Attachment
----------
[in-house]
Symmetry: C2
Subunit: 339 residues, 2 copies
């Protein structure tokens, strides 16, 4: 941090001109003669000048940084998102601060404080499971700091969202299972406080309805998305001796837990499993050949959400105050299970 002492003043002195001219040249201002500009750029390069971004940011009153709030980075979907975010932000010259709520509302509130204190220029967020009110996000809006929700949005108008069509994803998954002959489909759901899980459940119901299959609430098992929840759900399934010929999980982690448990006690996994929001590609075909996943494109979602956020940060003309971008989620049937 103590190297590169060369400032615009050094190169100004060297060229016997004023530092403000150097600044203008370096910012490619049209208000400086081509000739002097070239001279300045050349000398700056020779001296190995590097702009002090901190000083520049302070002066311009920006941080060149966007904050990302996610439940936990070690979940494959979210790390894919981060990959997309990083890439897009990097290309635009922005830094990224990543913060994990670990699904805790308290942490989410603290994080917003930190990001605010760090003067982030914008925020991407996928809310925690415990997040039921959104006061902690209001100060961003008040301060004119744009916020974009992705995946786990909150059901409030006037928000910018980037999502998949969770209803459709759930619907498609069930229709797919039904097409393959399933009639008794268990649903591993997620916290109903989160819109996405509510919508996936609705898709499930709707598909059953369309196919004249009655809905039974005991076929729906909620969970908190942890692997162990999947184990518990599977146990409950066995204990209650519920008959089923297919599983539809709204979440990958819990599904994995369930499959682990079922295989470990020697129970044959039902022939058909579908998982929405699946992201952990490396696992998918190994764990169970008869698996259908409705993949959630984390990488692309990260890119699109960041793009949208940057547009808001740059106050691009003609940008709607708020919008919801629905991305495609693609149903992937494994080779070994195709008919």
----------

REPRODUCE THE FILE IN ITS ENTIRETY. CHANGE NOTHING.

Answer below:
[in-house]
Symmetry: C2
Subunit: 339 residues, 2 copies
């Protein structure tokens, strides 16, 4: 941090001109003669000048940084998102601060404080499971700091969202299972406080309805998305001796837990499993050949959400105050299970 002492003043002195001219040249201002500009750029390069971004940011009153709030980075979907975010932000010259709520509302509130204190220029967020009110996000809006929700949005108008069509994803998954002959489909759901899980459940119901299959609430098992929840759900399934010929999980982690448990006690996994929001590609075909996943494109979602956020940060003309971008989620049937 103590190297590169060369400032615009050094190169100004060297060229016997004023530092403000150097600044203008370096910012490619049209208000400086081509000739002097070239001279300045050349000398700056020779001296190995590097702009002090901190000083520049302070002066311009920006941080060149966007904050990302996610439940936990070690979940494959979210790390894919981060990959997309990083890439897009990097290309635009922005830094990224990543913060994990670990699904805790308290942490989410603290994080917003930190990001605010760090003067982030914008925020991407996928809310925690415990997040039921959104006061902690209001100060961003008040301060004119744009916020974009992705995946786990909150059901409030006037928000910018980037999502998949969770209803459709759930619907498609069930229709797919039904097409393959399933009639008794268990649903591993997620916290109903989160819109996405509510919508996936609705898709499930709707598909059953369309196919004249009655809905039974005991076929729906909620969970908190942890692997162990999947184990518990599977146990409950066995204990209650519920008959089923297919599983539809709204979440990958819990599904994995369930499959682990079922295989470990020697129970044959039902022939058909579908998982929405699946992201952990490396696992998918190994764990169970008869698996259908409705993949959630984390990488692309990260890119699109960041793009949208940057547009808001740059106050691009003609940008709607708020919008919801629905991305495609693609149903992937494994080779070994195709008919």